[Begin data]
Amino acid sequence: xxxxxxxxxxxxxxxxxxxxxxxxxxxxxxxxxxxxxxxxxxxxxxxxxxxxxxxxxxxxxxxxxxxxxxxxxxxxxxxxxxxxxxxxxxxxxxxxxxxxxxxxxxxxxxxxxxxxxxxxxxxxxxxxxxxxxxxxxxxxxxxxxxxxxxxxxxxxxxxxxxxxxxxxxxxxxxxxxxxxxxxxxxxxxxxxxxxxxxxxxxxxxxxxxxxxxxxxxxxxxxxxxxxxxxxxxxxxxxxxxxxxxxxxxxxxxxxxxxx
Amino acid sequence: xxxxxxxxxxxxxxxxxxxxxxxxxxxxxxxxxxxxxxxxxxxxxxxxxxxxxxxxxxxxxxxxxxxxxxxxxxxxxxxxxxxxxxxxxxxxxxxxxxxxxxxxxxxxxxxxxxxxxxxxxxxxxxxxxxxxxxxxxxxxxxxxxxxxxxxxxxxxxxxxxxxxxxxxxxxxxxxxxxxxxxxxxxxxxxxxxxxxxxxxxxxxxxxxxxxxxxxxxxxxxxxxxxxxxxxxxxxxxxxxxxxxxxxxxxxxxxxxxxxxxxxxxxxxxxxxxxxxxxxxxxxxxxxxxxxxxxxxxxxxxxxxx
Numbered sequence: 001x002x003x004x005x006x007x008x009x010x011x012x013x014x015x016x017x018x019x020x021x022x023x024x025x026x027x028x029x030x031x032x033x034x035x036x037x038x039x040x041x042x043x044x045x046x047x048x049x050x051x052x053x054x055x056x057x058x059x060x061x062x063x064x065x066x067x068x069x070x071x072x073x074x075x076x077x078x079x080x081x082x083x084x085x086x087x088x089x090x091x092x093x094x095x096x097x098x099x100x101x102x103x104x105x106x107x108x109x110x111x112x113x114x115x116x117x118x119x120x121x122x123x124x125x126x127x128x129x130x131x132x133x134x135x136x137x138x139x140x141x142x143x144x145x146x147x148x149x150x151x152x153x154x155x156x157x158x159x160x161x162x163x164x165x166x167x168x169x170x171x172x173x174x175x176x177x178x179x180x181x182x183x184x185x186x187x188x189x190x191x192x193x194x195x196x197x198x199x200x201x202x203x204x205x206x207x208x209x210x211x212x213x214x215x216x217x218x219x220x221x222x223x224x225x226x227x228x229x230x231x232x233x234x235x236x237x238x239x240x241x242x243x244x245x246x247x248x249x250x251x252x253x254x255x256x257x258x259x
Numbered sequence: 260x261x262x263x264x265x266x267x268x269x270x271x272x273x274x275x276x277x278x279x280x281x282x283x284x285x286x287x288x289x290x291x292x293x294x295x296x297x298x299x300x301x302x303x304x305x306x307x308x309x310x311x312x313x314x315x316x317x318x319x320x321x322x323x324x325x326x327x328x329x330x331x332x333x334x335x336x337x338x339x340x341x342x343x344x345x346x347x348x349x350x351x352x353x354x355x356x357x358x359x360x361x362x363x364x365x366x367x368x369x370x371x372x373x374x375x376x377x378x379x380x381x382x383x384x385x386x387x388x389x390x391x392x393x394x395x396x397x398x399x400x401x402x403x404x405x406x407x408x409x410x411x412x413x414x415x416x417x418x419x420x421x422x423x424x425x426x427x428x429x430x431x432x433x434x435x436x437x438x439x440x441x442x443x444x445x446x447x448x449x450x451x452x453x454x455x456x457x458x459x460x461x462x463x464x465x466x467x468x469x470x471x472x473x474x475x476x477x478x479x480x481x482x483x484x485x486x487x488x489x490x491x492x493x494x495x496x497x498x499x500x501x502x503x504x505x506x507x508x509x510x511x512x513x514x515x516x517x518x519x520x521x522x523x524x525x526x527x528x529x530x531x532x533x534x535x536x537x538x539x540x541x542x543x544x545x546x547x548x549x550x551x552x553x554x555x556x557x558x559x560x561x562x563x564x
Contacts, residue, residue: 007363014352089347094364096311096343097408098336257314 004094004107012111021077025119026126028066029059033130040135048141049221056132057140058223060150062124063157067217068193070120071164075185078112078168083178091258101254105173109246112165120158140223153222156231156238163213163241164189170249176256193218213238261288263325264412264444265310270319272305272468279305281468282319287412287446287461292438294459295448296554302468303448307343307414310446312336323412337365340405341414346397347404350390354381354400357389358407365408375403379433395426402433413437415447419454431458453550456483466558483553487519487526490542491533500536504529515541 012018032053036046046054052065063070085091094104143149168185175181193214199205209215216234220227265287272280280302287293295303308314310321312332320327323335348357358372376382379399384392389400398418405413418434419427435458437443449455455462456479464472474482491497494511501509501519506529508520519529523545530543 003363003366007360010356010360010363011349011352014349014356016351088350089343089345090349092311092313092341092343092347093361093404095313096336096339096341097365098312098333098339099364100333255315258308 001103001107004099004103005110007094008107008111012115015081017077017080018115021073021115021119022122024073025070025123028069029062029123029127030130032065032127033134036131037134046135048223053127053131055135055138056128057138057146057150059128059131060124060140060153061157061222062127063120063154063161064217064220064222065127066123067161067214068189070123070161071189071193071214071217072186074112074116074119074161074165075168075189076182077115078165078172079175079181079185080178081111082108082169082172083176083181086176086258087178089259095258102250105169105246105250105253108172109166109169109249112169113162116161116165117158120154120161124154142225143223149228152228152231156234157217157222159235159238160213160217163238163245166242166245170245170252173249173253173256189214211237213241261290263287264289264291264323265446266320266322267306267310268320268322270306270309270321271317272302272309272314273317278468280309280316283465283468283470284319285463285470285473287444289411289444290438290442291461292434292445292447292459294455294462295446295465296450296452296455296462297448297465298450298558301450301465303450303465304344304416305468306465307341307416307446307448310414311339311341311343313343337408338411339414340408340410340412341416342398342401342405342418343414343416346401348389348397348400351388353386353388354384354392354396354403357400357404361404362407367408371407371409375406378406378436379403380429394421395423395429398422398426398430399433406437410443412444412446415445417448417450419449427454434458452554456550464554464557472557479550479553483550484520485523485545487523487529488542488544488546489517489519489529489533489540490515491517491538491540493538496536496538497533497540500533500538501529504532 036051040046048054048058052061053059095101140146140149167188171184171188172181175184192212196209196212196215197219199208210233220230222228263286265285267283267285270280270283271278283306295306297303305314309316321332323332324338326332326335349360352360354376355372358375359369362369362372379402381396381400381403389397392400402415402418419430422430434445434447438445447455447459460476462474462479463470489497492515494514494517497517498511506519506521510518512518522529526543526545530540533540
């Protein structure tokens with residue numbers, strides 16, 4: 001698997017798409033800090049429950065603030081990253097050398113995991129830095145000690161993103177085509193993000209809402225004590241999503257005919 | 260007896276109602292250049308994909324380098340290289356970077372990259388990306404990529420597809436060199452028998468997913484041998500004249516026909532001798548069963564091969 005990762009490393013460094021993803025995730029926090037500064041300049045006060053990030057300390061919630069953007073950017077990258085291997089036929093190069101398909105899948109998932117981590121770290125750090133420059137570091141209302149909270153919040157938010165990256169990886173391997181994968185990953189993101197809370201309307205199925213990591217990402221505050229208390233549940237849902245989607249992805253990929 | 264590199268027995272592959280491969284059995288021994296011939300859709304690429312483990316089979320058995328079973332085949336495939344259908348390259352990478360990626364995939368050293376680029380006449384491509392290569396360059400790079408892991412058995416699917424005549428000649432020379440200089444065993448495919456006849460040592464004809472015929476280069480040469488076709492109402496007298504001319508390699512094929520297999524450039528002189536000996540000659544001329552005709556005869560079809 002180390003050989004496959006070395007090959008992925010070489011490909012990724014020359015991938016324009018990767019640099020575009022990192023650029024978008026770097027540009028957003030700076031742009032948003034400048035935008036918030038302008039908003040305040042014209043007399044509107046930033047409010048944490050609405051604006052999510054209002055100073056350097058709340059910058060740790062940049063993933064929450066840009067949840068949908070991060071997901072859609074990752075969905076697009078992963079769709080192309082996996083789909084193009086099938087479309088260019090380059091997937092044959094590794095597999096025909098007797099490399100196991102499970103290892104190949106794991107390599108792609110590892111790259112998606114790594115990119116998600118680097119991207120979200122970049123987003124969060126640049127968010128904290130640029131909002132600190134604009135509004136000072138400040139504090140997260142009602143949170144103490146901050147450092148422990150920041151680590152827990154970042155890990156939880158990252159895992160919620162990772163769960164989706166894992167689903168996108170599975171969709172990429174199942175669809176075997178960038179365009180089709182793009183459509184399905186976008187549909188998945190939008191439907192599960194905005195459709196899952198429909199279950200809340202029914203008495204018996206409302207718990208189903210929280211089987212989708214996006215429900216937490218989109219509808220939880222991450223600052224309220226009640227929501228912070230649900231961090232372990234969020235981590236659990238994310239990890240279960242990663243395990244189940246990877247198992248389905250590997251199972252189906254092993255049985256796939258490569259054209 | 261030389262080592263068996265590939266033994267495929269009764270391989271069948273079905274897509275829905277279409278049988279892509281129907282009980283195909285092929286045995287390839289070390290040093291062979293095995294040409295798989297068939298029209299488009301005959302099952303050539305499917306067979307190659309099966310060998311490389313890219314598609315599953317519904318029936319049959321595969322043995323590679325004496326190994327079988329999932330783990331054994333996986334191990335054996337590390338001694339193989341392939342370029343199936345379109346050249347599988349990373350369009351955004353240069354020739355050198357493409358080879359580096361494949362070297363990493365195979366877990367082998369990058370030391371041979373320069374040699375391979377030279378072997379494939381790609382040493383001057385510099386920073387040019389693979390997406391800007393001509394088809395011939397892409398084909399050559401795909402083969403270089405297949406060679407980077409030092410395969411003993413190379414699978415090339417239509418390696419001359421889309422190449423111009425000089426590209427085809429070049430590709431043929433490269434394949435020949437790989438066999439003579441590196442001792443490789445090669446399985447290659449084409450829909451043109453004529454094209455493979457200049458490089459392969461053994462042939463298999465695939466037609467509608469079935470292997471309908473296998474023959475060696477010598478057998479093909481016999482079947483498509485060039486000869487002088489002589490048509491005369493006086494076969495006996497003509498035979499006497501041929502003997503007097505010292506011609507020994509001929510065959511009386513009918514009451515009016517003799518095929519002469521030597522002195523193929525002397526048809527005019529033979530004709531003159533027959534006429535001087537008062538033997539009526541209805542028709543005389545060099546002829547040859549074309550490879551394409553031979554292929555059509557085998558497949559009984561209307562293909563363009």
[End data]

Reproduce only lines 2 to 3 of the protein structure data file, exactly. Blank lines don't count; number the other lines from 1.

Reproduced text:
Amino acid sequence: xxxxxxxxxxxxxxxxxxxxxxxxxxxxxxxxxxxxxxxxxxxxxxxxxxxxxxxxxxxxxxxxxxxxxxxxxxxxxxxxxxxxxxxxxxxxxxxxxxxxxxxxxxxxxxxxxxxxxxxxxxxxxxxxxxxxxxxxxxxxxxxxxxxxxxxxxxxxxxxxxxxxxxxxxxxxxxxxxxxxxxxxxxxxxxxxxxxxxxxxxxxxxxxxxxxxxxxxxxxxxxxxxxxxxxxxxxxxxxxxxxxxxxxxxxxxxxxxxxxxxxxxxxxxxxxxxxxxxxxxxxxxxxxxxxxxxxxxxxxxxxxxx
Numbered sequence: 001x002x003x004x005x006x007x008x009x010x011x012x013x014x015x016x017x018x019x020x021x022x023x024x025x026x027x028x029x030x031x032x033x034x035x036x037x038x039x040x041x042x043x044x045x046x047x048x049x050x051x052x053x054x055x056x057x058x059x060x061x062x063x064x065x066x067x068x069x070x071x072x073x074x075x076x077x078x079x080x081x082x083x084x085x086x087x088x089x090x091x092x093x094x095x096x097x098x099x100x101x102x103x104x105x106x107x108x109x110x111x112x113x114x115x116x117x118x119x120x121x122x123x124x125x126x127x128x129x130x131x132x133x134x135x136x137x138x139x140x141x142x143x144x145x146x147x148x149x150x151x152x153x154x155x156x157x158x159x160x161x162x163x164x165x166x167x168x169x170x171x172x173x174x175x176x177x178x179x180x181x182x183x184x185x186x187x188x189x190x191x192x193x194x195x196x197x198x199x200x201x202x203x204x205x206x207x208x209x210x211x212x213x214x215x216x217x218x219x220x221x222x223x224x225x226x227x228x229x230x231x232x233x234x235x236x237x238x239x240x241x242x243x244x245x246x247x248x249x250x251x252x253x254x255x256x257x258x259x